Thu. Feb 29th, 2024

Prof. ST Hsieh

Director, US-China Energy Industry Forum

626-376-7460

[email protected]

January 29, 2024

It is easy to recognize that the proxy war in Ukraine should end as soon as possible. But “peace” depends on warring parties, rather than any third party. Because of conditions or terms for peace are set by the warring parties, if both sides of the warring parties could agree with each other, there is no need for any war: disputes could be settled amicably. In a proxy war such as the current war in Ukraine, the war is essentially financed by the US and allies with the obvious strategic goal of degrading Russia’s national strength.

Thus, a clear and reasonable question for ending the war in Ukraine must be: Is Ukraine sincere about Peace in Ukraine? If so, Zelenskyy and Putin have lines of communication to settle the scores overnight. Of course, Zelenskyy must first get the approval from NATO and the US. This is a major challenge for the Ukraine peace process because the US and NATO would demand direct roles in settling the scores. However, US and NATO are war partners against Russia so US and NATO are not impartial peace makers at all.

Here comes China, the only major power in the world still maintains a reasonably neutral position, has the unique potential of a peace maker. Of course, China can reach out to Russia, but the US and allies are uncomfortable especially for China to conduct any peace meeting at the head table between Russia and Ukraine. Rather than being participants of any peace conference, the US would insist on being the judge and arbitrator.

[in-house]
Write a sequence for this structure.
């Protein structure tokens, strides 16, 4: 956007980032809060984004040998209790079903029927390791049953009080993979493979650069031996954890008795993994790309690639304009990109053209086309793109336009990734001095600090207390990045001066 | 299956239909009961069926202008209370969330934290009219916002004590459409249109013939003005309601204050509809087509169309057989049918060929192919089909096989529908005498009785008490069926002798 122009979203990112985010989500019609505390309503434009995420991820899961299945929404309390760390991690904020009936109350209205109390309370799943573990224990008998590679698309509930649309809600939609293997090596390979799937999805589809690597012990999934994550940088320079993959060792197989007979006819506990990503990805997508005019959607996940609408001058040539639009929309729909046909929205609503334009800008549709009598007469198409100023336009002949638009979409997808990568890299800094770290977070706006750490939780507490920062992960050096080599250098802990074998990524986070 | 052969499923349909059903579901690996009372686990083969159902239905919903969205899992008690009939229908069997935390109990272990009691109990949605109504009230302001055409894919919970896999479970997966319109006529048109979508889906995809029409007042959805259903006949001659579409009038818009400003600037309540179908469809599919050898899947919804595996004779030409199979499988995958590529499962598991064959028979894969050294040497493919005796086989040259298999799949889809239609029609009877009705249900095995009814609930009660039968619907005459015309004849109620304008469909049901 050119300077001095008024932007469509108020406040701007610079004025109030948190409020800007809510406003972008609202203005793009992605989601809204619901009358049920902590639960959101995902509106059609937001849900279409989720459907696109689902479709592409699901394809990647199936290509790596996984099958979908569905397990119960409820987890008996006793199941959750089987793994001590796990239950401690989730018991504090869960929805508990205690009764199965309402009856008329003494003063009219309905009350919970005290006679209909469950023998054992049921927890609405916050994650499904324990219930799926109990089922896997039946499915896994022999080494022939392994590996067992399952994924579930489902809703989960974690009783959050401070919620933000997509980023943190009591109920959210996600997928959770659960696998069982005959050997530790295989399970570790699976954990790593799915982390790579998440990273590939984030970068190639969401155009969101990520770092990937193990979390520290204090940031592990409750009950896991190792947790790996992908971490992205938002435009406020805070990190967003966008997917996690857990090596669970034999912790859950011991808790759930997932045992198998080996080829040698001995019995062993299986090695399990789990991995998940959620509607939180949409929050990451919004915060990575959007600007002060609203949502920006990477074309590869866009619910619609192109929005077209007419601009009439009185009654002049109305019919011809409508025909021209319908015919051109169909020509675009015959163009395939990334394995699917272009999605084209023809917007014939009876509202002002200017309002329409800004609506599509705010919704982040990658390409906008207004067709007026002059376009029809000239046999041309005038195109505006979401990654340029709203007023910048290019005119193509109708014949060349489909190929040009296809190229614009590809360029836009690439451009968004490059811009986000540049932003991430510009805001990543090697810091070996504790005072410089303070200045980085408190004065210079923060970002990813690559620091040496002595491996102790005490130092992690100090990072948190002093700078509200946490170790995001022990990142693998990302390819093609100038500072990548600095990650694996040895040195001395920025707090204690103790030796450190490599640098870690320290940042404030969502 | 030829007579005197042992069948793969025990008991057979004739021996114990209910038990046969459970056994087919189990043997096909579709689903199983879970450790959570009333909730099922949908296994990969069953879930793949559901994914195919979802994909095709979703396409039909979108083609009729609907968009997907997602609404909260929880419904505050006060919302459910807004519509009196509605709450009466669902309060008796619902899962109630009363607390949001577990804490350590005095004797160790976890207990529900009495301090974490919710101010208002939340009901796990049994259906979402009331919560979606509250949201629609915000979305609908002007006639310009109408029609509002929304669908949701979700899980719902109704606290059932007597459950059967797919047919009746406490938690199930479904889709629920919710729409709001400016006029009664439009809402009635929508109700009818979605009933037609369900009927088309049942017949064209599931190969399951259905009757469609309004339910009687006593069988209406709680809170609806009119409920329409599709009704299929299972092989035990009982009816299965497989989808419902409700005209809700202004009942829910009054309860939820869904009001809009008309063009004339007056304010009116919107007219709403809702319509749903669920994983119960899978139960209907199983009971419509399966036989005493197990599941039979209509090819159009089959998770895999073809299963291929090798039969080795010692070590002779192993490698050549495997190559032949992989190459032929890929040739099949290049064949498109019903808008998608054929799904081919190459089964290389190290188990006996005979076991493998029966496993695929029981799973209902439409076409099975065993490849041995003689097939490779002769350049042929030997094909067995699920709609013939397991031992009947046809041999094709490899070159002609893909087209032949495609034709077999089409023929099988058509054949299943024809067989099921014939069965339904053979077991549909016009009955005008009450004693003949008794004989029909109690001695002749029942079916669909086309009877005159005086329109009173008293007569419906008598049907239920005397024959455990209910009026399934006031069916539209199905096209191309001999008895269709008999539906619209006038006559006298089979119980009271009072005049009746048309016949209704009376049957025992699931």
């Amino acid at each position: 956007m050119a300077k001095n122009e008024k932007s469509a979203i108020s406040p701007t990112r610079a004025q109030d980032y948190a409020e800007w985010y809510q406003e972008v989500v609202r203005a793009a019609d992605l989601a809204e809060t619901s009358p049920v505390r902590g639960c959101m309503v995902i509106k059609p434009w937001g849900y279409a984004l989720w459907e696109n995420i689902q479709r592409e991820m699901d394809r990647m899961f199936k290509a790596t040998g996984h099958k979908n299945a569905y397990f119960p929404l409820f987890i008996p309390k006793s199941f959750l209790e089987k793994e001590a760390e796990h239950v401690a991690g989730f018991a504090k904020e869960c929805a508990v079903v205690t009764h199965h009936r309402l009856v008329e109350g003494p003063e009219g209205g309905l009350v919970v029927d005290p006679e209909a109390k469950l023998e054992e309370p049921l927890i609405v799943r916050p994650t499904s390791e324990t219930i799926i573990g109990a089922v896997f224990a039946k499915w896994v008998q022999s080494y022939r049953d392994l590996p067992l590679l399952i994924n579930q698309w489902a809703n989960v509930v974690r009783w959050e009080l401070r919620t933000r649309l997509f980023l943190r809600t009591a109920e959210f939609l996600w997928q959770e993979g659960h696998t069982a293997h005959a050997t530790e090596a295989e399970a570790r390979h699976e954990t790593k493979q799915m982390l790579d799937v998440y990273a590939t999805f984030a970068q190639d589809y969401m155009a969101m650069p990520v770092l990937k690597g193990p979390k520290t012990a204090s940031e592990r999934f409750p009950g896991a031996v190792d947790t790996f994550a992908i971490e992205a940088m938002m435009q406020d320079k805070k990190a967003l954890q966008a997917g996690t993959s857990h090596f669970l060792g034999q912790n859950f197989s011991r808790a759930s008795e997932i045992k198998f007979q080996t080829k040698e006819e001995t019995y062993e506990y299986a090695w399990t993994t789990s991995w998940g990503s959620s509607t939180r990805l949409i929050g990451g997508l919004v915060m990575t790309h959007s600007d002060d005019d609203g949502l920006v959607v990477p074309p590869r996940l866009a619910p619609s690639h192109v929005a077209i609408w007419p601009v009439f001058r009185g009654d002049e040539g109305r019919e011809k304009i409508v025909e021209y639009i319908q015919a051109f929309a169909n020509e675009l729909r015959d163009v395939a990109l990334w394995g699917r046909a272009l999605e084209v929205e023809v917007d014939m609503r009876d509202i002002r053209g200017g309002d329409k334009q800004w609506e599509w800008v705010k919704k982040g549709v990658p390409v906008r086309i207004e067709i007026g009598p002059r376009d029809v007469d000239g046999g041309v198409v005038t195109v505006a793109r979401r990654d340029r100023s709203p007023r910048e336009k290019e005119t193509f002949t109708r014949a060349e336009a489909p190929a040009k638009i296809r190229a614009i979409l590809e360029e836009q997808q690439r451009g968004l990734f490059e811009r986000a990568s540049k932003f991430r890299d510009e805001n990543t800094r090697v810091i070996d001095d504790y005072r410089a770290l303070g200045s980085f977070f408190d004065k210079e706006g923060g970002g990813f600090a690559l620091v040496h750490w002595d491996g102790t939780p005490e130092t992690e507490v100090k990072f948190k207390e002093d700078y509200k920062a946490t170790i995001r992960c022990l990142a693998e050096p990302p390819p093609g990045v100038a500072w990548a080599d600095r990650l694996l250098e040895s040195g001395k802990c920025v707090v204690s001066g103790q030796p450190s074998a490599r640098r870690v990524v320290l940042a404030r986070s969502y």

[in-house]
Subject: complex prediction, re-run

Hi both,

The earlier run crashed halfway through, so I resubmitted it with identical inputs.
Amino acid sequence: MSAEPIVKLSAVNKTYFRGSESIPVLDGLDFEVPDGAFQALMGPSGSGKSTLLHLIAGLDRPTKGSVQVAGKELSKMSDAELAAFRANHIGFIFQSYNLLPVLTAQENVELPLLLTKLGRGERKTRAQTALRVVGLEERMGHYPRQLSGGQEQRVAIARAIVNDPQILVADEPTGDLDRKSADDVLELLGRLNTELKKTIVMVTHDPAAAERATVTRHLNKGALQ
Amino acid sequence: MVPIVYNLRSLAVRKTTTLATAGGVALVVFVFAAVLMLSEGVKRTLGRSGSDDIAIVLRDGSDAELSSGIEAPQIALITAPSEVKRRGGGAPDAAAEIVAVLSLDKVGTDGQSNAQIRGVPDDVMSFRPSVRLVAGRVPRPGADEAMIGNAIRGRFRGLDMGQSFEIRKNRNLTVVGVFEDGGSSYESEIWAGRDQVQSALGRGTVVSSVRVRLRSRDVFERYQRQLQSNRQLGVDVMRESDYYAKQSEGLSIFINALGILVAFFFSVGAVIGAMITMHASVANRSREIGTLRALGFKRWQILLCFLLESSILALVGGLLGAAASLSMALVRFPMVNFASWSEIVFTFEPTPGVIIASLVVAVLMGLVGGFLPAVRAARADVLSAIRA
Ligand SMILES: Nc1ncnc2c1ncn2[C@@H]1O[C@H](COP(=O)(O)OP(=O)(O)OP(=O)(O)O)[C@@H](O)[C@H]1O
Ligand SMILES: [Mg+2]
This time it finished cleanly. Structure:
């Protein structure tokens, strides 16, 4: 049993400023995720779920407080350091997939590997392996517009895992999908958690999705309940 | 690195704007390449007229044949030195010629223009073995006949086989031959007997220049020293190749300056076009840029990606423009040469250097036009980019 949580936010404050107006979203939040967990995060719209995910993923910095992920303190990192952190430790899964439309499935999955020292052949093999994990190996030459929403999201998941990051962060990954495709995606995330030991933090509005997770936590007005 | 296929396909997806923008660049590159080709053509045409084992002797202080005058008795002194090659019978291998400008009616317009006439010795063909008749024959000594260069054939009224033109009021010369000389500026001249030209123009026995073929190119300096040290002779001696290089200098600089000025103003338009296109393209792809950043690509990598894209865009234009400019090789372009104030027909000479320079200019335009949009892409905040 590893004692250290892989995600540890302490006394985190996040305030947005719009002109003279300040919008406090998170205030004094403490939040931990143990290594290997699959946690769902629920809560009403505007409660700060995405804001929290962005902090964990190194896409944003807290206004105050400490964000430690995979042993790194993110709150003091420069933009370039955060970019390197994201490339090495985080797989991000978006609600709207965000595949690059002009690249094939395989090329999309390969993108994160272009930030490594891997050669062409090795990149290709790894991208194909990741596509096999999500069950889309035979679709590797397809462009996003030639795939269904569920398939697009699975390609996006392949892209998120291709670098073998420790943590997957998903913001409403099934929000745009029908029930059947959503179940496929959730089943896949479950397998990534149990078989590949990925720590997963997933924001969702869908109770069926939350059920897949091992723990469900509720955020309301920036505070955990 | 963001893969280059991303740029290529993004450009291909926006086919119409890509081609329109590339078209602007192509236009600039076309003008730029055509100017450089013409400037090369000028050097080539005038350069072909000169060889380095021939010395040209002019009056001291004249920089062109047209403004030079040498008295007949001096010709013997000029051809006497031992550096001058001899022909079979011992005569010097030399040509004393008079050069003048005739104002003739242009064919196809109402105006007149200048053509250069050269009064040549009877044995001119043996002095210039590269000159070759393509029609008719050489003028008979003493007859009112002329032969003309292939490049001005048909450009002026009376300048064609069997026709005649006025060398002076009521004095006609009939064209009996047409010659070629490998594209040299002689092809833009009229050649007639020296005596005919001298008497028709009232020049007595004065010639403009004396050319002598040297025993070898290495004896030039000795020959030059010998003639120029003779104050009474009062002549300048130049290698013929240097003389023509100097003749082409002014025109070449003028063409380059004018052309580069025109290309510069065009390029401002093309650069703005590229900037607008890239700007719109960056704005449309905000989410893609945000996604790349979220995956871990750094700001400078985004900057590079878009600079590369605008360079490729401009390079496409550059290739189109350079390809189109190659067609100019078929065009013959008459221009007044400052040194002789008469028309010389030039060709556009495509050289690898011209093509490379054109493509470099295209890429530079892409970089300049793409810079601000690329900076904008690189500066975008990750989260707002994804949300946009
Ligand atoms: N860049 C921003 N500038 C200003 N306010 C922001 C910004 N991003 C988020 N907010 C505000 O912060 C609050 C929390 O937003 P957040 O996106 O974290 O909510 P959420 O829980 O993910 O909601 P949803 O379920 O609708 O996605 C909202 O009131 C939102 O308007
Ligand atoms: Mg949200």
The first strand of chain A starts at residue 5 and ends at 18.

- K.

Because the US desires to control the outcome of any peace deal in Ukraine, being an empire and a player at the same time, peace in Ukraine is in the hands of the US alone. It does not matter at all whether China is sincere or not, it also does not matter how much China will do or not do, peace in Ukraine is in the hands of the US.

As of now, Zelenskyy is asking for military support nonstop for keeping the bloody war going, so what can Chinese do to help ending the war? A similar metaphor is: Ukraine is sick but refuses to take any medicine, how can any doctor be of any help?

This author makes some unreasonable requests to China which are not helpful for any impartial peace maker. If China is “openly pro Ukrainian,” it would backfire for Chinese peace efforts because Russia will not take the Chinese peace efforts seriously.

Is China Sincere About Peace in Ukraine?

Beijing has done very little to help—but it could.

By Vita Golod, a junior fellow at the A. Krymskyi Institute of Oriental Studies, NAS of Ukraine, and the chair of the Board of the Ukrainian Association of Sinologists.